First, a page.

8 – How Do You Keep Your Team Safe on the Job?
One of the main questions to ask your roofer is how do they take care of their team’s safety? A contractor who cares about their team’s safety cares about the work. The last thing you want to happen is an on-the-job accident to happen while they work on your roof and be left with insurance claims or a stall in your project. Ensure the team you hire uses the proper safety precautions and equipment to make sure everyone can quickly and safely get the job done.
9 – How Do You Handle Material Disposal?
Contractors will have to use a dumpster to collect and dispose of all of your roofing materials as they tear off the old and replace it with the new. But there requires delicate care and tending to make sure that nothing gets left behind and nothing scratches your siding or any other parts of your home. You also want to ensure they will haul it away quickly and efficiently. And the last thing you want is a yard full of nails, so ask if your contractors use a magnetic roller to pick up every last nail to keep you and your kids (and your vehicle) safe from any loose nails left behind.
10 – Will You Protect My Landscaping?
In addition to keeping your house and yard free of debris, if you have any landscaping and bushes on the side of your house: without the proper coverage and protection, they can easily get flattened by falling debris from the roof. Tarps and scaffolding can help create vital coverage for your landscaping and plants around your house. Ensure they will be safe and secure when you get your new roof installed.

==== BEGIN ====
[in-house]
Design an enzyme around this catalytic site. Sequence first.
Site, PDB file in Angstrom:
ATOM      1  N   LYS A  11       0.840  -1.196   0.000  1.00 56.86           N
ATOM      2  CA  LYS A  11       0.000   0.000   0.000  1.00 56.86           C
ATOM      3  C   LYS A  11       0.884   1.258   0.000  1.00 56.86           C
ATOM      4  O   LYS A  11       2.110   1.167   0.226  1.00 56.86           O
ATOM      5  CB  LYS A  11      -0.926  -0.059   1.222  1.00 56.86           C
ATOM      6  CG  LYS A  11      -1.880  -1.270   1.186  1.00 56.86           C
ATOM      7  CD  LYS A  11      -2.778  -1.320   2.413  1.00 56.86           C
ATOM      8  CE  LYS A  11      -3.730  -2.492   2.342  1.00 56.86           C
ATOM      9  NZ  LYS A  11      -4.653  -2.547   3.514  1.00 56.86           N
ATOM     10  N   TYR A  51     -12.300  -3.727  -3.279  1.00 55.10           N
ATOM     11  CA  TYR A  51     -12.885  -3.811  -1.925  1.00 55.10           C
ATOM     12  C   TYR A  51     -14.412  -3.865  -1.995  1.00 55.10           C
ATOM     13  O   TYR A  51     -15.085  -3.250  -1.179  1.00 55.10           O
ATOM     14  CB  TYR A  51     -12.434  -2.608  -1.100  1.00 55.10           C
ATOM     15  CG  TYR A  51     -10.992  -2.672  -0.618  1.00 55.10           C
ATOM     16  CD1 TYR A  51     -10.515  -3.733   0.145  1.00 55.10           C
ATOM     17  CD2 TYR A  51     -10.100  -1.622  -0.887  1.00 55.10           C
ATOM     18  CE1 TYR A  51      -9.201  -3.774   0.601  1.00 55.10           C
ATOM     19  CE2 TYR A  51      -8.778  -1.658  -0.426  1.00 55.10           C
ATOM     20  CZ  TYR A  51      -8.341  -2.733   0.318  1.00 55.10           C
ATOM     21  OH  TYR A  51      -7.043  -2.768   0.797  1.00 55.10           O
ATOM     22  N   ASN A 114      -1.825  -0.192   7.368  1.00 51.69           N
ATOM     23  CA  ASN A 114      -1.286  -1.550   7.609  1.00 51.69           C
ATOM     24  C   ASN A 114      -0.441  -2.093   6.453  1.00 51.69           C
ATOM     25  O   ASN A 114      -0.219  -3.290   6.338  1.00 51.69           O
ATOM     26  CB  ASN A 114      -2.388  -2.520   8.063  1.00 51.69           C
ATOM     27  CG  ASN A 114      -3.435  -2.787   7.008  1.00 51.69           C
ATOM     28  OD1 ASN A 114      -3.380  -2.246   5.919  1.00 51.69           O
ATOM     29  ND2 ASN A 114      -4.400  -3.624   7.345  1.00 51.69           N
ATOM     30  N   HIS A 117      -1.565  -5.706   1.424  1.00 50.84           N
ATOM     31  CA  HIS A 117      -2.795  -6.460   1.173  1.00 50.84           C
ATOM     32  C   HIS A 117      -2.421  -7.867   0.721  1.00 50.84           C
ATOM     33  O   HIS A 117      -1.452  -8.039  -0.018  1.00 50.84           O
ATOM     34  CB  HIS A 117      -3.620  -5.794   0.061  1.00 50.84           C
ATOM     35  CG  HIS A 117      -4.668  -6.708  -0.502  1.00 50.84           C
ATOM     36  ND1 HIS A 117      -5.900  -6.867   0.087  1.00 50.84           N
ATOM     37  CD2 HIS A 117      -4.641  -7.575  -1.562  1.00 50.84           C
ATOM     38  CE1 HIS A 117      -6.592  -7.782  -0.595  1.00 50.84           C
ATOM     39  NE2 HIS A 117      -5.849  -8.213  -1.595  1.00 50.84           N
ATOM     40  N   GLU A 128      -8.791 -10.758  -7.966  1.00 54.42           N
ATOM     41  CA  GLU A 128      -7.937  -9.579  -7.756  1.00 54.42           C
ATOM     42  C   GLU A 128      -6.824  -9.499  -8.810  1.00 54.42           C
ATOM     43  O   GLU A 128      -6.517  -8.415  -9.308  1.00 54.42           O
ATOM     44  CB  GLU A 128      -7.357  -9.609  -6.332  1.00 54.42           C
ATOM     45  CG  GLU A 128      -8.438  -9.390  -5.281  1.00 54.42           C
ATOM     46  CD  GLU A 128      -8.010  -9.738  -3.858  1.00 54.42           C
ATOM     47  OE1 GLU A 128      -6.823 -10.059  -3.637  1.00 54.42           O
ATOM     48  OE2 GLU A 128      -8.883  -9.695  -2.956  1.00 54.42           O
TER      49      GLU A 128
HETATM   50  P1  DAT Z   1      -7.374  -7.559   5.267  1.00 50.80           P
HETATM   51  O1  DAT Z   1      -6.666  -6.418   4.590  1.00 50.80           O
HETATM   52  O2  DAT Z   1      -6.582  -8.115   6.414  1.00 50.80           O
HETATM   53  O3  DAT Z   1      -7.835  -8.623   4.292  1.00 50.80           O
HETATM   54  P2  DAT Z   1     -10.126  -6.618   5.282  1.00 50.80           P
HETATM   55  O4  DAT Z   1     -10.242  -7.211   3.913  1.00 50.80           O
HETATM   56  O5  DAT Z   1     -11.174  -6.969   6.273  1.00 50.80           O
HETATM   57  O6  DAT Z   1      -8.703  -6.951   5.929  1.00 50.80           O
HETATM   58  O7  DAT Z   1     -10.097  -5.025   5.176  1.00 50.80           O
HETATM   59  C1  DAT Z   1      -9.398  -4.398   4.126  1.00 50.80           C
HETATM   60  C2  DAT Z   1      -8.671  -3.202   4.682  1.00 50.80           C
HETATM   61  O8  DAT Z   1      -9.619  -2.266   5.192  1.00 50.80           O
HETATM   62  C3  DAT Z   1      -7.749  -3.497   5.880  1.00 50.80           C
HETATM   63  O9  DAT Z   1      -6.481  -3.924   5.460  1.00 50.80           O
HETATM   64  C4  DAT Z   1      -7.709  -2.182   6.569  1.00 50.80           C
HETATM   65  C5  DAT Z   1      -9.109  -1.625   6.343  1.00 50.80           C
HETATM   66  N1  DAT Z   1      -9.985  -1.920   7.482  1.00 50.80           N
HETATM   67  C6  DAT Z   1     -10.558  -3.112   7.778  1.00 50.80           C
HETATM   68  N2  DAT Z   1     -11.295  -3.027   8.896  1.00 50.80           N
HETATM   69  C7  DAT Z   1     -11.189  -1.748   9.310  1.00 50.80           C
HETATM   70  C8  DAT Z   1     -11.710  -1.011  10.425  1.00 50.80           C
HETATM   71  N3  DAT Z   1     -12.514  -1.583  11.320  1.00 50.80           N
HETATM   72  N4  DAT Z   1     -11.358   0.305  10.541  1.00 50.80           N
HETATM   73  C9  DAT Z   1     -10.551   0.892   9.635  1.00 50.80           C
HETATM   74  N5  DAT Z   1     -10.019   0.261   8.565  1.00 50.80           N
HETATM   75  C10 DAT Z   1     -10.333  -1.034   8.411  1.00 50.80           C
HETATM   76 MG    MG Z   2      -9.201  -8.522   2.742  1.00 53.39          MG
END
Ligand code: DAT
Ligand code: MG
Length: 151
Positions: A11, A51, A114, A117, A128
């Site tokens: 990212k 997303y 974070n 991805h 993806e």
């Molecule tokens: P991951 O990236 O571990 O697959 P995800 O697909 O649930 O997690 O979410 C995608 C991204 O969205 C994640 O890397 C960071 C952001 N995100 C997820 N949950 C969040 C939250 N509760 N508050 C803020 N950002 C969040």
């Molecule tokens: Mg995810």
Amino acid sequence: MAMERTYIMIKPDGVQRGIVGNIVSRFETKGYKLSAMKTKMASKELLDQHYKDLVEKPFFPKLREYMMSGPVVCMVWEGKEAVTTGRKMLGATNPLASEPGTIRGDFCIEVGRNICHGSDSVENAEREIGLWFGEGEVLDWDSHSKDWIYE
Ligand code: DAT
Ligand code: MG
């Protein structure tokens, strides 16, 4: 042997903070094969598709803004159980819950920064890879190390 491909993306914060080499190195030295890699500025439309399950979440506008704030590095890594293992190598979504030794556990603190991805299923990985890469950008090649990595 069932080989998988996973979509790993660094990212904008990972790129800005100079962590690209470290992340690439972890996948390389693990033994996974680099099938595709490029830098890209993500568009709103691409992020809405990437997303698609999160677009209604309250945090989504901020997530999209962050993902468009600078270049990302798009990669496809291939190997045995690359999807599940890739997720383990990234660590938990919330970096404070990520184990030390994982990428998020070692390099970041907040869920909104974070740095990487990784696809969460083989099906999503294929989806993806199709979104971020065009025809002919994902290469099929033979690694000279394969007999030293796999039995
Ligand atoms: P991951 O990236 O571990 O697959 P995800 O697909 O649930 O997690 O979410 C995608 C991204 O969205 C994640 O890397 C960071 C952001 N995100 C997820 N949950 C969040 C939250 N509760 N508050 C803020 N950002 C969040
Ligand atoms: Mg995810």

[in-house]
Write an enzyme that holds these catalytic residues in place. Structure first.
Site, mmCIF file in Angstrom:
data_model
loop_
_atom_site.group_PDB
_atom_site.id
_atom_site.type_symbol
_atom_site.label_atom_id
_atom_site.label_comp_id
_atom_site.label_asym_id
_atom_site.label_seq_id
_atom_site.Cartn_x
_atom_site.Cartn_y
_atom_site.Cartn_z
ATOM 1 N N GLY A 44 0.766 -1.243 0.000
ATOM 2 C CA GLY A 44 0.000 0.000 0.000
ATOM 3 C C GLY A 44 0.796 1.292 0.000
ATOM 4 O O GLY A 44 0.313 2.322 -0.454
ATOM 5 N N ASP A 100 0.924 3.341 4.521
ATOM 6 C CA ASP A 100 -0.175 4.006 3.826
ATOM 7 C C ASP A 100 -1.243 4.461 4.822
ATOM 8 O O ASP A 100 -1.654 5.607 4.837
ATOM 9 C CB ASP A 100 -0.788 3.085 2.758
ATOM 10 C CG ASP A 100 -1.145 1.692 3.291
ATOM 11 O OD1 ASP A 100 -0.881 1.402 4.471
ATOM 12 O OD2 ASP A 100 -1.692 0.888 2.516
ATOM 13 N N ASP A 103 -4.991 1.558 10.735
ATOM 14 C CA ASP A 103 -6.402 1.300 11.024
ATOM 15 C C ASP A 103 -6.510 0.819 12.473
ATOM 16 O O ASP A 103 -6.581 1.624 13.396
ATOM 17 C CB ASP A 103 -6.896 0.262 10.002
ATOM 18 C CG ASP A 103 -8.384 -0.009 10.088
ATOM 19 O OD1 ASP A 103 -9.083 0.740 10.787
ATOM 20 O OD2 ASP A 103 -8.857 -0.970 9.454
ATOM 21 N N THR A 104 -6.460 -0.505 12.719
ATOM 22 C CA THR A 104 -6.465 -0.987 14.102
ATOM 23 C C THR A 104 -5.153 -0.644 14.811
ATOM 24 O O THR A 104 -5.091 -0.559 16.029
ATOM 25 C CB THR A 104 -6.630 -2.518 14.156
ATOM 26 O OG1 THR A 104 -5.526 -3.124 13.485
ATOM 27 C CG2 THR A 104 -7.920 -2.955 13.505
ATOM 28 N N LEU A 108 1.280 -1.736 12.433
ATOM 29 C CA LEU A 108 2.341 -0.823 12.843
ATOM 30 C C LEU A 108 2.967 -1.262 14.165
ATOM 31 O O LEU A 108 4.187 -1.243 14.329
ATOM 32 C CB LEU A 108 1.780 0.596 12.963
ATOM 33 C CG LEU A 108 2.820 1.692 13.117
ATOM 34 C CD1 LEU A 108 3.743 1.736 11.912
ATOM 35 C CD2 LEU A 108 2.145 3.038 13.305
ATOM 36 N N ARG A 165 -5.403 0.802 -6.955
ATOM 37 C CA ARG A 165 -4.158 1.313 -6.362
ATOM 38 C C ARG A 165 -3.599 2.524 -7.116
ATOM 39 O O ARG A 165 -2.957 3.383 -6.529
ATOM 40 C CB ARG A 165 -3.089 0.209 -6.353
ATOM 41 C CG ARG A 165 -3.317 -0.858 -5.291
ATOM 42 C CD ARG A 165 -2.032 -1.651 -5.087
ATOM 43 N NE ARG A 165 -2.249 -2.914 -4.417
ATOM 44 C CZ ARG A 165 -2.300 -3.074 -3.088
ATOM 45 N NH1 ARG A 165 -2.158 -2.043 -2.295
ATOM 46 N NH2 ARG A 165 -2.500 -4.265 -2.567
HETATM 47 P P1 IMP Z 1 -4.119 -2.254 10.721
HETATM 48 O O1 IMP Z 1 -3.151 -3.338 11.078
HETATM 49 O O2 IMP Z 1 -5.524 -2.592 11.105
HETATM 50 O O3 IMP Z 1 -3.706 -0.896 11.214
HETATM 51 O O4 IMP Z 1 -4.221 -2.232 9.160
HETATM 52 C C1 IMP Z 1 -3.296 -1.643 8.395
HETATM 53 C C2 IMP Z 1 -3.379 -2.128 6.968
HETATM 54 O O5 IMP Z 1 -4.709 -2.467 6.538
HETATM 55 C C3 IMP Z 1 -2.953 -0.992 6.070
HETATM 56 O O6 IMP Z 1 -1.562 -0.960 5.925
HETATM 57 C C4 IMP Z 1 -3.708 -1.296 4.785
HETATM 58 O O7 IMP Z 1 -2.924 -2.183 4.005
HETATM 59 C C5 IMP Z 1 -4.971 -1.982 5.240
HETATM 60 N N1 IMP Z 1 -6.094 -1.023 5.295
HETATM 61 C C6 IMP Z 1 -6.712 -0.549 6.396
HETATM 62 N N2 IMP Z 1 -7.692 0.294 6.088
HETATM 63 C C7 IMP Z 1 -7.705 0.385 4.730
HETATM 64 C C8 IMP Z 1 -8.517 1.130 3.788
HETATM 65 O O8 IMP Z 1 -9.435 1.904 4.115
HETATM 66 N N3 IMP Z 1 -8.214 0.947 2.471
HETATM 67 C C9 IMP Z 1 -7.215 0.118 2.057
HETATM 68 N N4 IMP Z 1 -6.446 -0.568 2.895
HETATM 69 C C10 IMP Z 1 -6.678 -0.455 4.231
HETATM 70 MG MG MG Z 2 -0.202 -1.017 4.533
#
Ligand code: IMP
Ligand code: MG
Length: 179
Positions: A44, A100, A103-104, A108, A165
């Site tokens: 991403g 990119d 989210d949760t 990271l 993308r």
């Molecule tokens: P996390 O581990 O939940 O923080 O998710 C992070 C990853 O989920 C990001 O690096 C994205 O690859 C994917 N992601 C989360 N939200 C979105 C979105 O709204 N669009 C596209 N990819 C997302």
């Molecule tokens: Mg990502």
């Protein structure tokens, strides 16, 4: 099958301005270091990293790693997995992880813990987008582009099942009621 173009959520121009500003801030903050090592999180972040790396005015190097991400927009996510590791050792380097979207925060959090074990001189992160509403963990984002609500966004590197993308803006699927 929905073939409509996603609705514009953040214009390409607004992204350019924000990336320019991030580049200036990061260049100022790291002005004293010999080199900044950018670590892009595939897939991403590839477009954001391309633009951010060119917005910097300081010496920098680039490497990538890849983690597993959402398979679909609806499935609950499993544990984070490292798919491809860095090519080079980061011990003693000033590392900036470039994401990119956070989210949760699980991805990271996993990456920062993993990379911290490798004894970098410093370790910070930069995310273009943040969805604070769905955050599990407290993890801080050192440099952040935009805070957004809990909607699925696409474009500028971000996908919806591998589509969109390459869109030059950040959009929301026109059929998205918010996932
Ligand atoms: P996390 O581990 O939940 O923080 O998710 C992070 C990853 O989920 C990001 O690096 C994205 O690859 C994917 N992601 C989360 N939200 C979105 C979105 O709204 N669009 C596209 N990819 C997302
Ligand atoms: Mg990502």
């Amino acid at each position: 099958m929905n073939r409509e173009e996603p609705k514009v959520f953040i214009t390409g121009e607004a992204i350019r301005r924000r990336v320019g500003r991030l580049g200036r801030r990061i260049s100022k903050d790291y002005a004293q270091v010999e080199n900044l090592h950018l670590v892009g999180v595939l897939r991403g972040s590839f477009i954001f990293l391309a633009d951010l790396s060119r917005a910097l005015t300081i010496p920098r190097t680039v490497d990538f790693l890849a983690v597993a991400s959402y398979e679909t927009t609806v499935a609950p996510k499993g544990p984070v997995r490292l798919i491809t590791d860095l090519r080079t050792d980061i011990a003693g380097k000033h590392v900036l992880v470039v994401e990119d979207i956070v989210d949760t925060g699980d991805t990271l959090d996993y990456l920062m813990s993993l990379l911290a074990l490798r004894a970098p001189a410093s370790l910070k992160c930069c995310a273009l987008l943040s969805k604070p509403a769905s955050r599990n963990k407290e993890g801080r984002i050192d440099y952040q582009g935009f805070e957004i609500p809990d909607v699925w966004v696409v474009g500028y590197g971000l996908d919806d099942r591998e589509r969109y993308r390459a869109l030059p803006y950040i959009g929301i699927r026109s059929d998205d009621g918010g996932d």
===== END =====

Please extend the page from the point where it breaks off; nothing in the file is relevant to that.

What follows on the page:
Some other things to consider when you hire a contractor include:
- Watch out for contractors who ask for large down payment upfront.
- Will they offer recommendations for replacing gutters, skylights, or other roof fixtures as you work on my roof?
- What is included in the contract?
- How many people will be in your crew?
- What happens when unforeseen weather happens?
- Will you work with my insurance company if I file a claim?
- Do you have a single project manager who will be our point of contact?
- Do you utilize any 3D design tools so we can work through different roofing colors and materials?
Overall, if you stick to these questions and listen to your gut, you can avoid any scammers and end up with a fantastic, trustworthy roofing contractor in the end. For a reputable contractor to take care of your next roofing repair or replacement, consider Secured Roofing & Restoration. We can walk you through every step of planning and executing your new roof to give you the home you deserve.